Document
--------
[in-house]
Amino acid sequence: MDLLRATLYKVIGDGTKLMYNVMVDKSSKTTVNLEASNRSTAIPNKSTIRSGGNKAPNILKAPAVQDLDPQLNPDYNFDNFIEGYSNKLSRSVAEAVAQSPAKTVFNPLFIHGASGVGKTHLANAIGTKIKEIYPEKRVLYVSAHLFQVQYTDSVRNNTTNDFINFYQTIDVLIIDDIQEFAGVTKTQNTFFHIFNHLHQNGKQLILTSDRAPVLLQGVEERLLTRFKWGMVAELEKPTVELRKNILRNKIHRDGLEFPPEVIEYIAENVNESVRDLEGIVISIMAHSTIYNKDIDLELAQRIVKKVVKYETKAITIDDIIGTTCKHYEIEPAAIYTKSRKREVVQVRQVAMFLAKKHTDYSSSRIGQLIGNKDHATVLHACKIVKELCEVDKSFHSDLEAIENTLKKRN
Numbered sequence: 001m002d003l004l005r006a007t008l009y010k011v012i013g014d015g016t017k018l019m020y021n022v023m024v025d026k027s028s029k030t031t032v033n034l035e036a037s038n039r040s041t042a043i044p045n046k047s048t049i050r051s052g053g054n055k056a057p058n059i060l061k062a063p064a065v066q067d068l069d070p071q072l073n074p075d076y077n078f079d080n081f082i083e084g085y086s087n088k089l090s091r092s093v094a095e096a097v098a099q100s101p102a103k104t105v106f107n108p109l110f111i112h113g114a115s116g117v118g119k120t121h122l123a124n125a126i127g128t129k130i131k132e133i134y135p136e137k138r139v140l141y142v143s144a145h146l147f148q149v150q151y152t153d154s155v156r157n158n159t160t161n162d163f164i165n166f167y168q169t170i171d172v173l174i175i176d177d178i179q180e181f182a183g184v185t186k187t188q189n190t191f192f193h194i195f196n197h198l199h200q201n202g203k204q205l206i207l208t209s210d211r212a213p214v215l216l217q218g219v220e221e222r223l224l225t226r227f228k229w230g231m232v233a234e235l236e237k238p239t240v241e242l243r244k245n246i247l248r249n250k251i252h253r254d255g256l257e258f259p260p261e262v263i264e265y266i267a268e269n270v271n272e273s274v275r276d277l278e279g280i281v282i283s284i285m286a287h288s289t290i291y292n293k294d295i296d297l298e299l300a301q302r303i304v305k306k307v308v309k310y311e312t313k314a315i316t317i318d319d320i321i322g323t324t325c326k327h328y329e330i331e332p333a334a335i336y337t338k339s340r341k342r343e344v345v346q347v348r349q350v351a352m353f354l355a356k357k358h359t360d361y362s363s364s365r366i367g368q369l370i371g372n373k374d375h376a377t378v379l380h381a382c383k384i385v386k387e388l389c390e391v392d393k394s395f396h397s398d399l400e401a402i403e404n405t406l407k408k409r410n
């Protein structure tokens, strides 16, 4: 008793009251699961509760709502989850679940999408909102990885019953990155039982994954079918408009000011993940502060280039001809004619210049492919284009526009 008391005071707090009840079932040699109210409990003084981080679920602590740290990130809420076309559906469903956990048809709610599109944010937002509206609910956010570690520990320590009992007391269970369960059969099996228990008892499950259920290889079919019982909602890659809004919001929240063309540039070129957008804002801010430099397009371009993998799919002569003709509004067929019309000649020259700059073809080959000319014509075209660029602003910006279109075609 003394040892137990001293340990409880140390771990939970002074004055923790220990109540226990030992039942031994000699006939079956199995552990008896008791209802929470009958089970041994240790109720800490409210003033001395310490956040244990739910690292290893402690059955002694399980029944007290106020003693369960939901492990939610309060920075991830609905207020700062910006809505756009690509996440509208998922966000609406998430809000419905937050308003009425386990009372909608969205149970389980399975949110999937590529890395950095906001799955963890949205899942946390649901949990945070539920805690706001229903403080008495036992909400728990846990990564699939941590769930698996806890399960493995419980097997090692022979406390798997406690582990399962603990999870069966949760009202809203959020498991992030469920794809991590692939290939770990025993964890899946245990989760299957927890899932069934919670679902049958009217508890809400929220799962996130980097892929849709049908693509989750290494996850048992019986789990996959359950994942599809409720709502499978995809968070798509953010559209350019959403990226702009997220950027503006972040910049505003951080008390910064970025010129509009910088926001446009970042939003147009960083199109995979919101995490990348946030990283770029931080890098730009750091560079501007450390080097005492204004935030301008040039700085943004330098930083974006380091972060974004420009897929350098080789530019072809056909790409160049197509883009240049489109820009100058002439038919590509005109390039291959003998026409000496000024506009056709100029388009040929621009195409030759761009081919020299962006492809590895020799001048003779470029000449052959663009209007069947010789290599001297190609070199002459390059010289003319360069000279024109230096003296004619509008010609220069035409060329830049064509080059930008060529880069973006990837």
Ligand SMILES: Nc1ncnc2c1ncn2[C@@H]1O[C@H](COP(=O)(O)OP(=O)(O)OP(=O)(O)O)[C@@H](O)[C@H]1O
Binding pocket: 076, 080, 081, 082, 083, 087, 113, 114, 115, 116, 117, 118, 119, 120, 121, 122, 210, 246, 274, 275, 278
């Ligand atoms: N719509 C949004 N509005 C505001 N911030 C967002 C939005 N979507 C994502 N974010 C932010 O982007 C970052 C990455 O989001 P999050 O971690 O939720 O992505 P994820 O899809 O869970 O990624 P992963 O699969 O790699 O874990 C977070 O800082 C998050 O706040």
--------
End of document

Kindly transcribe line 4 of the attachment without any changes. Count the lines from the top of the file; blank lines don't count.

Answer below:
């Protein structure tokens, strides 16, 4: 008793009251699961509760709502989850679940999408909102990885019953990155039982994954079918408009000011993940502060280039001809004619210049492919284009526009 008391005071707090009840079932040699109210409990003084981080679920602590740290990130809420076309559906469903956990048809709610599109944010937002509206609910956010570690520990320590009992007391269970369960059969099996228990008892499950259920290889079919019982909602890659809004919001929240063309540039070129957008804002801010430099397009371009993998799919002569003709509004067929019309000649020259700059073809080959000319014509075209660029602003910006279109075609 003394040892137990001293340990409880140390771990939970002074004055923790220990109540226990030992039942031994000699006939079956199995552990008896008791209802929470009958089970041994240790109720800490409210003033001395310490956040244990739910690292290893402690059955002694399980029944007290106020003693369960939901492990939610309060920075991830609905207020700062910006809505756009690509996440509208998922966000609406998430809000419905937050308003009425386990009372909608969205149970389980399975949110999937590529890395950095906001799955963890949205899942946390649901949990945070539920805690706001229903403080008495036992909400728990846990990564699939941590769930698996806890399960493995419980097997090692022979406390798997406690582990399962603990999870069966949760009202809203959020498991992030469920794809991590692939290939770990025993964890899946245990989760299957927890899932069934919670679902049958009217508890809400929220799962996130980097892929849709049908693509989750290494996850048992019986789990996959359950994942599809409720709502499978995809968070798509953010559209350019959403990226702009997220950027503006972040910049505003951080008390910064970025010129509009910088926001446009970042939003147009960083199109995979919101995490990348946030990283770029931080890098730009750091560079501007450390080097005492204004935030301008040039700085943004330098930083974006380091972060974004420009897929350098080789530019072809056909790409160049197509883009240049489109820009100058002439038919590509005109390039291959003998026409000496000024506009056709100029388009040929621009195409030759761009081919020299962006492809590895020799001048003779470029000449052959663009209007069947010789290599001297190609070199002459390059010289003319360069000279024109230096003296004619509008010609220069035409060329830049064509080059930008060529880069973006990837």